The All-American Gas Station

To most, a gas station is just that, a gas station... but to the adventurer it is much, much more. It's a haven in the form of a source to get your vehicle's life's blood to keep it going as well as a pit stop to get out and stretch your legs, use the restroom, take a break, check the oil or maybe just a quick stop to jump back out on the road and keep driving on to where ever it is you are going.... because, once upon a time... every vehicle ran on fossil fuel gasoline.

Today's gas stations are mostly Mini-Marts with all the wares and conveniences of a small grocery store without the 'full service repair shop' like the old days, that was capable of overhauling an entire vehicle if necessary to eventually get you back on the road. Gas stations have come a long way and the mystique of the roadside icon has changed tremendously.

Why, you ask? For the biggest and most important reason... vehicles are engineered much better these days than they were long ago. They can run many more miles on less fuel and are so dependable that the only thing they need is fuel and can run over a hundred thousand miles without any real service! As a result of that, freeways were built as a non-stop method of traversing from one part of the country to another by-passing the small little towns that sprouted up around the gas station out on the highway that served as a lifesaver for travelers that were lucky to make it to the next gas station during their travels because their vehicle would either breakdown or over heat and was just too worn-out to keep going.

Believe it or not... many cities and towns sprung up because of the gas station situated on the highway. First of all the station owner needed a place to live so he built his home there on the property... some even went as far to build a motor-hotel that eventually became what we know know as a “motel” where weary travelers could stop, sleep, shower and eat if the roadside stop also included a diner, which many did.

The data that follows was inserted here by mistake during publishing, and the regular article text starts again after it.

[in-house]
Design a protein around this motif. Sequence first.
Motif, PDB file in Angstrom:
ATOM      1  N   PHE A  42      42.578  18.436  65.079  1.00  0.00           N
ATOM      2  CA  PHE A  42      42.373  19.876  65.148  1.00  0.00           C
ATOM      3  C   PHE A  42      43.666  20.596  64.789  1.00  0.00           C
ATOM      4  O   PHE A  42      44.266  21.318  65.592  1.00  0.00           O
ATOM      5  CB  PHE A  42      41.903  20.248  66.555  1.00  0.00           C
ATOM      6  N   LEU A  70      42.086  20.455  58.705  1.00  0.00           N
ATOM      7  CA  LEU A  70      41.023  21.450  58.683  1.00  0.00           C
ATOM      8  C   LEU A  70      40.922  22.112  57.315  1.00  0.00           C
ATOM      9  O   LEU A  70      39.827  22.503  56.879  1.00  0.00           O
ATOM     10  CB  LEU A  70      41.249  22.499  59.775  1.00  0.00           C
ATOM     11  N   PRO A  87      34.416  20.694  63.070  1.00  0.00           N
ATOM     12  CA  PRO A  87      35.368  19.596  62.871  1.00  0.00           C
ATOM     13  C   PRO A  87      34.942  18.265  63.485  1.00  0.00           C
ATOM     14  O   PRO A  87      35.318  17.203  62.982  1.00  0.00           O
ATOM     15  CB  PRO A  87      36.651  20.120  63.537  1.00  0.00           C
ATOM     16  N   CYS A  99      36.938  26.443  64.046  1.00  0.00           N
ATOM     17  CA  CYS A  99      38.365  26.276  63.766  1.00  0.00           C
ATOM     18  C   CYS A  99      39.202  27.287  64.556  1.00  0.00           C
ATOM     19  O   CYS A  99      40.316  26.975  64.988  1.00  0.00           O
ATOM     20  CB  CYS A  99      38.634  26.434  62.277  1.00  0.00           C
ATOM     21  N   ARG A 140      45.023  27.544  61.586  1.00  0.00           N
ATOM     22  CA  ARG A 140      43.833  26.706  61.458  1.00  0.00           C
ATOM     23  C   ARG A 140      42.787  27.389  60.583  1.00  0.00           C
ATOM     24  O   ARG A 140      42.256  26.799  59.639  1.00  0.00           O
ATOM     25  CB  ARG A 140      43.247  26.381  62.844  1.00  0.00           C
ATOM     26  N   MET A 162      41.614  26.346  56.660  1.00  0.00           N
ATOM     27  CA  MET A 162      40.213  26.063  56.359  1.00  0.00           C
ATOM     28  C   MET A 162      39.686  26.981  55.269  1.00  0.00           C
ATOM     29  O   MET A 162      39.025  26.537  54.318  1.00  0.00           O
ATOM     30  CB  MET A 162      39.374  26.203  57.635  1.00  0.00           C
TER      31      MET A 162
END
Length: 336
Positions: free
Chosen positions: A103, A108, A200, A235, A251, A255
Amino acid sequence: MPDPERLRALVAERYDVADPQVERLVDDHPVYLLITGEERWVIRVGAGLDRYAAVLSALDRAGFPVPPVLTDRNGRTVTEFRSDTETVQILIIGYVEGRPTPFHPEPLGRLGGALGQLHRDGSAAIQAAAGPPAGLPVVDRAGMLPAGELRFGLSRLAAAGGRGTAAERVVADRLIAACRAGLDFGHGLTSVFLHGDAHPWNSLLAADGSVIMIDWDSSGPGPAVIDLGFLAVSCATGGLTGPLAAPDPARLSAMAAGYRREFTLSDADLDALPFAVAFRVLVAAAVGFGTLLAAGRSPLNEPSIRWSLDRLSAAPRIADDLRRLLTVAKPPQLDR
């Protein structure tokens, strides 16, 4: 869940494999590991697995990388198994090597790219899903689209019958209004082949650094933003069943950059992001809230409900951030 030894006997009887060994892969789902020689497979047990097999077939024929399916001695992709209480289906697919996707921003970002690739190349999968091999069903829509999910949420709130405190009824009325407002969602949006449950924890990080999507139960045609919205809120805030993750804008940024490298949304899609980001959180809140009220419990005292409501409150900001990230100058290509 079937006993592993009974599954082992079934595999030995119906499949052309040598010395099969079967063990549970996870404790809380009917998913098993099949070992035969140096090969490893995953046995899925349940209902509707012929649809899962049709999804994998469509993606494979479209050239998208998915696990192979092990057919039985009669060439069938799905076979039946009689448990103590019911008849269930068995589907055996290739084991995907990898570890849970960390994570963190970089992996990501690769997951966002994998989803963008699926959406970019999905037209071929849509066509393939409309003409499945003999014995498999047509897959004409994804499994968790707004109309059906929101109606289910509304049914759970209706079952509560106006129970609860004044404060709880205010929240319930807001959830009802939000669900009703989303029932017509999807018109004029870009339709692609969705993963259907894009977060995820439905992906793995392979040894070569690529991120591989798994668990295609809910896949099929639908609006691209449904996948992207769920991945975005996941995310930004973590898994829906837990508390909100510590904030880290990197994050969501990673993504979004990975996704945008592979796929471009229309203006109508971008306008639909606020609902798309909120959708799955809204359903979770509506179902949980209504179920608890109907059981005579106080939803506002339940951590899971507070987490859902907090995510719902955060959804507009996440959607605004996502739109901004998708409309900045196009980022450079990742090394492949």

Travelers who's vehicles only made it so-far sometimes were sometimes at a point their dreams ended on the side of the road and made the roadside hamlet their home which eventually caused the locations to grow and prosper because towns needed facilities and fixtures like grocery stores, buildings, lumber, hardware, barber shops, doctors, hospitals, etc, and the staff to make all of that possible. Many of these stranded motorists started thriving businesses catering to the needs of the growing community. What started as a wide spot in the road to get gas & oil and top of the radiator became metropolises and town that stood the test of time... at least for a while (and that's whole other story)...

Gas stations of yesteryear, whether out on the open road or in your home town, was the place where you bought your gas & oil, brought your car for a tune-up, filled the tires with air (that was a free service) and became a national icon to some a just a place to get gas to most others.

Gas stations offered “full service”. That meant when you pulled up to the pump a pump-jockey would quickly come to your window and ask, “filler' up'?... “would that be regular or ethyl”? And while the gas pump was filling your tank he would clean your windshield and check your oil and tire pressure! Yes... those were the days, indeed.